Museum restaurants present art on the plate and off

| January 27, 2022 | 0 Comments

ON THE MENU with Helene Seifer

It’s been said that art feeds the soul, and indeed, entering an exhibit to find a wall full of playful Yayoi Kusama polka-dots or a row of color-saturated David Hockney paintings can make one’s heart leap.

More and more often, museums also aim to feed the stomach with excellent menus in a beautiful space.

This isn’t completely new. The Museum of Modern Art in New York long ago abandoned the serviceable cafeteria for destination dining.

Locally, the last renovation of the Los Angeles County Museum of Art (LACMA) saw the opening of Ray’s and Stark Bar, now part of the Patina Group, serving such delicacies as smoked salmon and potato pizza and a roasted tomato and baby lettuce salad topped with a pound of lobster meat, worth every penny of its $52 price tag.

Ray’s and Stark Bar, LACMA, 5905 Wilshire Blvd., 323-857-6180.

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Hauser & Wirth, in the Arts District, feels more like a small museum than the gallery it is. The repurposed warehouse space is arranged around a courtyard containing sculptures, a garden and Manuela, a Southern-inflected indoor / outdoor restaurant. Executive Chef Kris Tominaga oversees artfully-plated salads of persimmons with whipped feta, pistachio and honey vinegar sumac or burrata with trout roe, Urfa vinaigrette and polenta toast. Fresh sweet ocean trout is chopped into a ceviche with red onion, capers and fennel. Cast iron cornbread is scrumptious. Colors are exquisite and arranged perfectly on the plate.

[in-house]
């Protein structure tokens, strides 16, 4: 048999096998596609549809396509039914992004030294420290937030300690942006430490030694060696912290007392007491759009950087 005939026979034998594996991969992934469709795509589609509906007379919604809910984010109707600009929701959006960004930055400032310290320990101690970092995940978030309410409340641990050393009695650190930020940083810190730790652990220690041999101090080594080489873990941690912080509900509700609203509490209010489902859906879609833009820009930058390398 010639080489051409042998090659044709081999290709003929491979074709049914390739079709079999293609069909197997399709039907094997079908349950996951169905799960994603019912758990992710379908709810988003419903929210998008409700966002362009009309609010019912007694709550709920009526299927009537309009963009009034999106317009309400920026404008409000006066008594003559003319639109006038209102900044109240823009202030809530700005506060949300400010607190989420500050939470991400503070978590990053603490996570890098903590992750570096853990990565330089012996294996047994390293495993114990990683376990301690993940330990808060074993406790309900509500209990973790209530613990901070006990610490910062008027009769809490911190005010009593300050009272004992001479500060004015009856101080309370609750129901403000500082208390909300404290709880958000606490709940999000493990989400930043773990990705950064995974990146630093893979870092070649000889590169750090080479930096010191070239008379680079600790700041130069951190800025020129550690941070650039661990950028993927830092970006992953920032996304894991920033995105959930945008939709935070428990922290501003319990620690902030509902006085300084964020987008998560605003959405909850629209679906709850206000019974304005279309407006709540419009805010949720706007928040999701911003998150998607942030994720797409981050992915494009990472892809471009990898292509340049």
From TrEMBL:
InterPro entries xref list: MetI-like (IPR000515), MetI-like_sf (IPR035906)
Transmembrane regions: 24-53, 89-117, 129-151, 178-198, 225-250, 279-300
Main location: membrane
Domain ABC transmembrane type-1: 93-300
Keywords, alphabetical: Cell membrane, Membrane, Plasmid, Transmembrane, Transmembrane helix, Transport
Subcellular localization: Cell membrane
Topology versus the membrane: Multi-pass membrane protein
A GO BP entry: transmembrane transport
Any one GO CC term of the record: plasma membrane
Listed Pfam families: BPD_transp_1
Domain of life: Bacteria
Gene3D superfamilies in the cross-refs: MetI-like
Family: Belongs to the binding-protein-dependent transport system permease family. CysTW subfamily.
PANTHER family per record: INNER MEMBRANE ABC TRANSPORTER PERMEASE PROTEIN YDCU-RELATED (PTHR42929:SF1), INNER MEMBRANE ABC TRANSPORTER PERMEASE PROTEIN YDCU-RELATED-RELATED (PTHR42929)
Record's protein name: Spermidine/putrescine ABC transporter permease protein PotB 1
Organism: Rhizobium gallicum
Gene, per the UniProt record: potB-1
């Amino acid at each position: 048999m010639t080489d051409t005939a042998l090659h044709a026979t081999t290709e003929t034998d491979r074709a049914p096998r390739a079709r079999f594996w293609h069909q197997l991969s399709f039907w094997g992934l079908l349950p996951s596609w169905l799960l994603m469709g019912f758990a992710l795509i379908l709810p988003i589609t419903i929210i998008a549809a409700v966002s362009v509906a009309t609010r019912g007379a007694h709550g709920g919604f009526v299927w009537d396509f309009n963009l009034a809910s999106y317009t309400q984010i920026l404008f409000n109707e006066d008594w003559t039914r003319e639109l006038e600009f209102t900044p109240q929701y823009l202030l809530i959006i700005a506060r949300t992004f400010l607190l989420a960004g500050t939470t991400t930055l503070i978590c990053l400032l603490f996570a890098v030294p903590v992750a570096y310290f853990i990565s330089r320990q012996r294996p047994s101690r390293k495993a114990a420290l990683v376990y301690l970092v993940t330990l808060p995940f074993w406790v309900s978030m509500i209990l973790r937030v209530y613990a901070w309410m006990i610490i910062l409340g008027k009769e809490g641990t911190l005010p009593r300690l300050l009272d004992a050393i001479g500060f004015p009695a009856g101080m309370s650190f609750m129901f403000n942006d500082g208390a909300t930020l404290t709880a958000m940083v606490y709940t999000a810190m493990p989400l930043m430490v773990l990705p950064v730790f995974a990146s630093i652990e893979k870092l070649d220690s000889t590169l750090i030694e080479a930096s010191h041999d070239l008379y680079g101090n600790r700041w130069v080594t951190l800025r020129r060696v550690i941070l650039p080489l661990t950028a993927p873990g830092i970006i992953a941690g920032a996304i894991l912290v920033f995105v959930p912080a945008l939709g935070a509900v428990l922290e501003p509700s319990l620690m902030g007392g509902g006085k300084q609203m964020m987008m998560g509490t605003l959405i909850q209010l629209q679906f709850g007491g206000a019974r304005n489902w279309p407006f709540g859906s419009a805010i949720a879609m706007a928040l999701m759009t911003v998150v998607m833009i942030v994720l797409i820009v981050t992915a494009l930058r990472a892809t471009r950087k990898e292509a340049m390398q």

Manuela, Hauser & Wirth, 907 E. Third St., 323-849-0480.

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Lulu is the newest museum restaurant to pop on the scene. A stunning space in the first floor courtyard of the Hammer Museum, lovely orange lanterns sway overhead and are reflected in the mirror lining much of the restaurant’s back wall. Chef and cookbook author David Tannis conceived of the restaurant with the acclaimed food activist Alice Waters. They offer an à la carte menu of such dishes as red lentil soup, eggplant banh mi and grilled chicken breast saltimbocca. There is also a revolving three-course prix fixe menu. The day I went there, I was served a warming, hearty pot au feu of short ribs in broth with a beet salad and olive oil walnut cake for $45. A bit fatty, but delicious.

Lulu, Hammer Museum, 10899 Wilshire Blvd., 424-999-4870.

FANNY’S is now open for lunch and dinner at the Academy Museum of Motion Pictures. Illustration by Konstantin Kakanias

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Possibly the most highly anticipated museum restaurant opening is Fanny’s at the Academy Museum of Motion Pictures. They had a slow roll-out, with lunch offerings first, then adding dinner service.

Fanny’s is named for the vaudeville actor and comedian Fanny Brice, who was donor Wendy Stark’s grandmother. Restaurateurs Bill Chait and Carl Shuster wanted the 10,000-square-foot space to harken back to the days of Hollywood glitz and glamour.

In the evening the lights are dimmed, completely changing the atmosphere from the brighter lunch service. Semi-circular booths provide cushy seating reminiscent of the Brown Derby see-and-be-seen seats.

Michelin-starred chef Raphael Francois planned a menu that combines old school charm, classic dining experiences and approachable dishes.

There are a number of special plates listed under the title “Live Performance,” which aim to showcase fancy service. An amazing côte de bœuf is wheeled out on a silver trolley and a thick slab of beef is cut off the bone. Perfectly pink, the $85 steak fed us for five or six meals. A whole orata is beautifully grilled. Cacio e pepe is the classic pasta with a twist: shaved black truffles on top. Famed mixologist Julian Cox designed the cocktail program.

Fanny’s, Academy Museum, 6067 Wilshire Blvd., 323-930-3080.

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Category: Entertainment

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